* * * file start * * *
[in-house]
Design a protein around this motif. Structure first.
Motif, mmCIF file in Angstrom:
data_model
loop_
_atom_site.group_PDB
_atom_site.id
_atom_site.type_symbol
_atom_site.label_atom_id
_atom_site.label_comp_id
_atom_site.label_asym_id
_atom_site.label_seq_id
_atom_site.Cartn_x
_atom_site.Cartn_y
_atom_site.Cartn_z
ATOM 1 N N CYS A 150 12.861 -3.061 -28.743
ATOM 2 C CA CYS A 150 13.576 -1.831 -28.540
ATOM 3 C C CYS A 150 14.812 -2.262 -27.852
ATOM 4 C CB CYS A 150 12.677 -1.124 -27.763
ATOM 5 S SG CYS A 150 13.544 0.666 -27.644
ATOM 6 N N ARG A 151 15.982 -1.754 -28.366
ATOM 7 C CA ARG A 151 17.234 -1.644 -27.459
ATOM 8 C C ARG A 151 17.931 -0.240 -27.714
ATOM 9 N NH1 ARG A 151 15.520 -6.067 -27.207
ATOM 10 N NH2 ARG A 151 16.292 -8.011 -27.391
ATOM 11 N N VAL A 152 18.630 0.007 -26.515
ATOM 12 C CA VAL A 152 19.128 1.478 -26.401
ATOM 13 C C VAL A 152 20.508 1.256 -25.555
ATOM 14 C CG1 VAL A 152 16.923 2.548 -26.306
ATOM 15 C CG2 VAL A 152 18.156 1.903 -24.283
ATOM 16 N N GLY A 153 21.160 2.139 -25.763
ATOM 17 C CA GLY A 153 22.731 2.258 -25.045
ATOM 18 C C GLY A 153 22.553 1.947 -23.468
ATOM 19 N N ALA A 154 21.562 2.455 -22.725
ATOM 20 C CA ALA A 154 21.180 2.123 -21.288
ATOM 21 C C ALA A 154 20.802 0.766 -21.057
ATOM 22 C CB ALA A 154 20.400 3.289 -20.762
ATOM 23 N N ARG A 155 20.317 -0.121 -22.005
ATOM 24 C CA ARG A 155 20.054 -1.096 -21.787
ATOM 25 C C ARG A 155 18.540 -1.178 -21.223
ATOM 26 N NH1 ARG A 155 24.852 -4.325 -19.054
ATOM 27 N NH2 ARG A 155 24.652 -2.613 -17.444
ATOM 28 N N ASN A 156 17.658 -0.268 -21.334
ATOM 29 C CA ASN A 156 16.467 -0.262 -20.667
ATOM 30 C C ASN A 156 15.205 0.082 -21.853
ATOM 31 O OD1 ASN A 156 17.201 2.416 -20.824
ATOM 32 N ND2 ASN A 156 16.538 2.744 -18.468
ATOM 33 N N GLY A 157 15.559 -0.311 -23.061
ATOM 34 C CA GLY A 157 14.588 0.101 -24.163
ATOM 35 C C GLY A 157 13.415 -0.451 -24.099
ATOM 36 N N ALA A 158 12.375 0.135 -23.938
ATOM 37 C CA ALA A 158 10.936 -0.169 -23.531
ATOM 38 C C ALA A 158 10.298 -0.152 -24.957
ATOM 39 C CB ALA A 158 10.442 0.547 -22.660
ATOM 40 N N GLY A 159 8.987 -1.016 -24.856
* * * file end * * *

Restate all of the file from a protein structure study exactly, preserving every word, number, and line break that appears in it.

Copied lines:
[in-house]
Design a protein around this motif. Structure first.
Motif, mmCIF file in Angstrom:
data_model
loop_
_atom_site.group_PDB
_atom_site.id
_atom_site.type_symbol
_atom_site.label_atom_id
_atom_site.label_comp_id
_atom_site.label_asym_id
_atom_site.label_seq_id
_atom_site.Cartn_x
_atom_site.Cartn_y
_atom_site.Cartn_z
ATOM 1 N N CYS A 150 12.861 -3.061 -28.743
ATOM 2 C CA CYS A 150 13.576 -1.831 -28.540
ATOM 3 C C CYS A 150 14.812 -2.262 -27.852
ATOM 4 C CB CYS A 150 12.677 -1.124 -27.763
ATOM 5 S SG CYS A 150 13.544 0.666 -27.644
ATOM 6 N N ARG A 151 15.982 -1.754 -28.366
ATOM 7 C CA ARG A 151 17.234 -1.644 -27.459
ATOM 8 C C ARG A 151 17.931 -0.240 -27.714
ATOM 9 N NH1 ARG A 151 15.520 -6.067 -27.207
ATOM 10 N NH2 ARG A 151 16.292 -8.011 -27.391
ATOM 11 N N VAL A 152 18.630 0.007 -26.515
ATOM 12 C CA VAL A 152 19.128 1.478 -26.401
ATOM 13 C C VAL A 152 20.508 1.256 -25.555
ATOM 14 C CG1 VAL A 152 16.923 2.548 -26.306
ATOM 15 C CG2 VAL A 152 18.156 1.903 -24.283
ATOM 16 N N GLY A 153 21.160 2.139 -25.763
ATOM 17 C CA GLY A 153 22.731 2.258 -25.045
ATOM 18 C C GLY A 153 22.553 1.947 -23.468
ATOM 19 N N ALA A 154 21.562 2.455 -22.725
ATOM 20 C CA ALA A 154 21.180 2.123 -21.288
ATOM 21 C C ALA A 154 20.802 0.766 -21.057
ATOM 22 C CB ALA A 154 20.400 3.289 -20.762
ATOM 23 N N ARG A 155 20.317 -0.121 -22.005
ATOM 24 C CA ARG A 155 20.054 -1.096 -21.787
ATOM 25 C C ARG A 155 18.540 -1.178 -21.223
ATOM 26 N NH1 ARG A 155 24.852 -4.325 -19.054
ATOM 27 N NH2 ARG A 155 24.652 -2.613 -17.444
ATOM 28 N N ASN A 156 17.658 -0.268 -21.334
ATOM 29 C CA ASN A 156 16.467 -0.262 -20.667
ATOM 30 C C ASN A 156 15.205 0.082 -21.853
ATOM 31 O OD1 ASN A 156 17.201 2.416 -20.824
ATOM 32 N ND2 ASN A 156 16.538 2.744 -18.468
ATOM 33 N N GLY A 157 15.559 -0.311 -23.061
ATOM 34 C CA GLY A 157 14.588 0.101 -24.163
ATOM 35 C C GLY A 157 13.415 -0.451 -24.099
ATOM 36 N N ALA A 158 12.375 0.135 -23.938
ATOM 37 C CA ALA A 158 10.936 -0.169 -23.531
ATOM 38 C C ALA A 158 10.298 -0.152 -24.957
ATOM 39 C CB ALA A 158 10.442 0.547 -22.660
ATOM 40 N N GLY A 159 8.987 -1.016 -24.856